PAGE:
Curcumin is a widely-used dietary supplement and a chemopreventive agent for various cancers. Pre-clinical chemopreventive studies rarely consider the effect of aging. We previously reported that unlike young animals, curcumin is ineffective in middle-aged rats for colon chemoprevention. This study investigated whether resistance to apoptosis during cancer initiation contributes to this age-dependent effect. Young, middle-aged, and old F344 rats were fed either curcumin (0.6%) or control diet. Colonic apoptosis was evaluated 0, 8, and 16 h after azoxymethane (AOM) injection. Colonic Hsp70 mRNA levels, caspase-9 activity, cell proliferation, and crypt morphology were measured. In AOM-treated rats, only middle-aged rats were resistant to curcumin-induced apoptosis whereas cell proliferation was reduced by curcumin in all ages. Curcumin-induced apoptosis was mediated by caspase-9 in young but not older rats. Transcriptional Hsp70 expression was induced in only young rats and was suppressed by curcumin. Therefore, the age-related difference in curcumin chemoprevention is due to a differential response in induction of apoptosis. The mitochondria-dependent pathway seems to mediate curcumin-induced apoptosis in young but not older animals. Hsp70 expression was not related with resistance to curcumin-induced apoptosis. Understanding age-related differences in the apoptotic response may lead to improved translation from pre-clinical animal studies to humans.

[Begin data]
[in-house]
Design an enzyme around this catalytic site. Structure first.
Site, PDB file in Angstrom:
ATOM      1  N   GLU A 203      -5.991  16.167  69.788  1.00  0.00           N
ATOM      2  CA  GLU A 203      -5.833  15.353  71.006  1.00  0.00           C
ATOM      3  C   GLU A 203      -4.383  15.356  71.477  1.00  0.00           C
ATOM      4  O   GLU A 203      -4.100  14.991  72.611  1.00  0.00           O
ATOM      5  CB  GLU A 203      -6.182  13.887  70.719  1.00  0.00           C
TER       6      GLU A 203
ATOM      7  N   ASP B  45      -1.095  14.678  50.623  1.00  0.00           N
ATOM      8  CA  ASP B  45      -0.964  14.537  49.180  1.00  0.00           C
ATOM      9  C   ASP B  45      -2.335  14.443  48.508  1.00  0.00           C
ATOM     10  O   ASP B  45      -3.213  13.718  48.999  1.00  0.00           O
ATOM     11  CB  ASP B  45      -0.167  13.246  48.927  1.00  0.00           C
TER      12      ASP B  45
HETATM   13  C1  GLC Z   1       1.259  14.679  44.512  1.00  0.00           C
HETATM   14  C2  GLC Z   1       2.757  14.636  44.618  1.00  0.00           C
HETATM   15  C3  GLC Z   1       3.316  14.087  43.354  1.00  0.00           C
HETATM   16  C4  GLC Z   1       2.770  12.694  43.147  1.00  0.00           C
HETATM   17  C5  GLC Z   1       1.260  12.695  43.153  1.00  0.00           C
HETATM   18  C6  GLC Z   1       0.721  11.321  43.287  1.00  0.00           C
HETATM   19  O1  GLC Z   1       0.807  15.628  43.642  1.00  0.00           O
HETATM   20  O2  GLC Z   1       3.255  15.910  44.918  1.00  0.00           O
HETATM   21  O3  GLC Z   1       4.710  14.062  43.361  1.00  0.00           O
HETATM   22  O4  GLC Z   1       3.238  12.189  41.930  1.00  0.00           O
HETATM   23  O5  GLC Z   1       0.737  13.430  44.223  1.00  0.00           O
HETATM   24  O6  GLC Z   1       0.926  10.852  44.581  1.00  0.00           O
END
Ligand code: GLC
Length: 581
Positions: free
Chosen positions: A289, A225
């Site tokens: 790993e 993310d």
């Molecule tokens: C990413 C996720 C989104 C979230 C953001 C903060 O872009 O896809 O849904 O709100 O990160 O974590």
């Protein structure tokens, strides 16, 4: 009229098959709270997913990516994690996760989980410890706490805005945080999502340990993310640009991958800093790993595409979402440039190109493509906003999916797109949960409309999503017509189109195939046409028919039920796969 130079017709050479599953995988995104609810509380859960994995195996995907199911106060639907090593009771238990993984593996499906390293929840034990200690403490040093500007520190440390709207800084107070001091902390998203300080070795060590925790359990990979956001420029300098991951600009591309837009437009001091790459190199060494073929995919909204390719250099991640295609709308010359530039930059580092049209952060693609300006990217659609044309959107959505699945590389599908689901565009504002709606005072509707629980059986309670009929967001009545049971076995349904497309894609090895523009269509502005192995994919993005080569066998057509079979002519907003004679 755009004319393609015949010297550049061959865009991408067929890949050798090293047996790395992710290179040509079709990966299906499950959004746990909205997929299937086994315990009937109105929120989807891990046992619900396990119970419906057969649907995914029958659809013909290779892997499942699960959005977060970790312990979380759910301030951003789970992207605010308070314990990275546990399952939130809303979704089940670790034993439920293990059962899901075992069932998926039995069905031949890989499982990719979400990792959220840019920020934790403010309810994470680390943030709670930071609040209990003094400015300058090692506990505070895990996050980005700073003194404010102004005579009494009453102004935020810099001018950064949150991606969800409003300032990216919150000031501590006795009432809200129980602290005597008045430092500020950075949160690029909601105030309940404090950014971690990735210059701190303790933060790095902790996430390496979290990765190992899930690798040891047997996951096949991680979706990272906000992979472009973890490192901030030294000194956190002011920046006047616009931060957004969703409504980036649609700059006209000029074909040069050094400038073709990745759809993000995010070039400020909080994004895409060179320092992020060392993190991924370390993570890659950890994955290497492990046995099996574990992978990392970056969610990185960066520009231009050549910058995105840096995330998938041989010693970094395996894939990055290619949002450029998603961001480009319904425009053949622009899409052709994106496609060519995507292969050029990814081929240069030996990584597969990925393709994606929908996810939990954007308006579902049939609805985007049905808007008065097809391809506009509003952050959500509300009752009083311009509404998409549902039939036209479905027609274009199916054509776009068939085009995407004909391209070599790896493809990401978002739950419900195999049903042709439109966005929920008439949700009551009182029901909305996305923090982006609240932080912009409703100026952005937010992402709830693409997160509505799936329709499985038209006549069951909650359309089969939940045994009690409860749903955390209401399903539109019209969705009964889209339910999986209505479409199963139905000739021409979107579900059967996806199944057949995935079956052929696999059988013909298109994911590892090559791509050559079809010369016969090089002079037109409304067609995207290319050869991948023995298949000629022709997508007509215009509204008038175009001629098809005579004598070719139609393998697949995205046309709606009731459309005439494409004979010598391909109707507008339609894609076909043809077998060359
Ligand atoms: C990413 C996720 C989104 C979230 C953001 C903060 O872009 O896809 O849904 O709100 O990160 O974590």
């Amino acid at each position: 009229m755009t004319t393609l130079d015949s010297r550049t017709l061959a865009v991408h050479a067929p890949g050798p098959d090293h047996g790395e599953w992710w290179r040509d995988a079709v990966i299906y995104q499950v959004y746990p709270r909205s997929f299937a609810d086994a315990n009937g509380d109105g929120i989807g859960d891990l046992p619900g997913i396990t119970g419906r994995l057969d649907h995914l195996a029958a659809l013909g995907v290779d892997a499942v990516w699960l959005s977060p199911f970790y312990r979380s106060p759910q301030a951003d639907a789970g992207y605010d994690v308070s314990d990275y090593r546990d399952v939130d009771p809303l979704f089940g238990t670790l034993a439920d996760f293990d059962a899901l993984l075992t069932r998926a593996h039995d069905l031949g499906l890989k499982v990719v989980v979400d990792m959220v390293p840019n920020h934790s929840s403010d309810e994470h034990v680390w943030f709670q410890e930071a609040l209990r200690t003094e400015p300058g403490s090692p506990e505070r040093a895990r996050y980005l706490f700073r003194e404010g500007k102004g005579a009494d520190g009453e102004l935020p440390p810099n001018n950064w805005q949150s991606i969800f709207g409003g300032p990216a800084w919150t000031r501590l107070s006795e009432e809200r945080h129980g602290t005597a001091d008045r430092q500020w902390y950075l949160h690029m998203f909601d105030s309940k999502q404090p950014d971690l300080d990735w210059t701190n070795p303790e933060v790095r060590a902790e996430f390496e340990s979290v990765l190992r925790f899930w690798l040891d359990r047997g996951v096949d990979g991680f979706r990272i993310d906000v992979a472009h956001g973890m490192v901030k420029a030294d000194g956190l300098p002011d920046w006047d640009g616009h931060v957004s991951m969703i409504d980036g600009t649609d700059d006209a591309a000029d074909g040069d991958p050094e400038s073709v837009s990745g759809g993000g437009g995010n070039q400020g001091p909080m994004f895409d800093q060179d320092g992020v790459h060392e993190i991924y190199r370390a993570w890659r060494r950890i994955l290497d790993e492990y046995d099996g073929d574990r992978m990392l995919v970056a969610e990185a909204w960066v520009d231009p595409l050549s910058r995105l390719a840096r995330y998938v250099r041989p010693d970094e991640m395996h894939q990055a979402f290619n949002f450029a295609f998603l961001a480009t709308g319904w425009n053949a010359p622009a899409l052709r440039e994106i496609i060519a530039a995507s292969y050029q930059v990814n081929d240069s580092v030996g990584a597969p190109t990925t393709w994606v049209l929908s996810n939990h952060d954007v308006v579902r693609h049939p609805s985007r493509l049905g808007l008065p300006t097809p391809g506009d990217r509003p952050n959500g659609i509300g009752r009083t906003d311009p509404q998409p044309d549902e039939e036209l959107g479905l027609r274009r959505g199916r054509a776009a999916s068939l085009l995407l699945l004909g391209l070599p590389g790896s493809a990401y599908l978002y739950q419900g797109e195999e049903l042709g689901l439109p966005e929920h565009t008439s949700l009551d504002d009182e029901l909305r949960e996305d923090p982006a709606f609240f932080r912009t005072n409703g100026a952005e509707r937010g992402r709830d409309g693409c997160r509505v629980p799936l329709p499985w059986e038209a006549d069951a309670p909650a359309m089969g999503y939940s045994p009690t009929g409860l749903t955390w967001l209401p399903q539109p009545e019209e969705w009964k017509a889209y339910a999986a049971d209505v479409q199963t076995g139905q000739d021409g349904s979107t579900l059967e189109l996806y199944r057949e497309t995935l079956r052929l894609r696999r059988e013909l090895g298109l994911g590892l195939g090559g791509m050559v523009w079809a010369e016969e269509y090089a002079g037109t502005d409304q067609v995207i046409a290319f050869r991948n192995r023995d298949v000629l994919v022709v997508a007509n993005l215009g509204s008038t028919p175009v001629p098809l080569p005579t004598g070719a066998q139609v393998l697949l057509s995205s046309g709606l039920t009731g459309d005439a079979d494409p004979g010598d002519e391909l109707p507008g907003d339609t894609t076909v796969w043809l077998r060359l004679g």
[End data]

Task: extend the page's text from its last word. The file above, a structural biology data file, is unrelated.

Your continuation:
- Colon cancer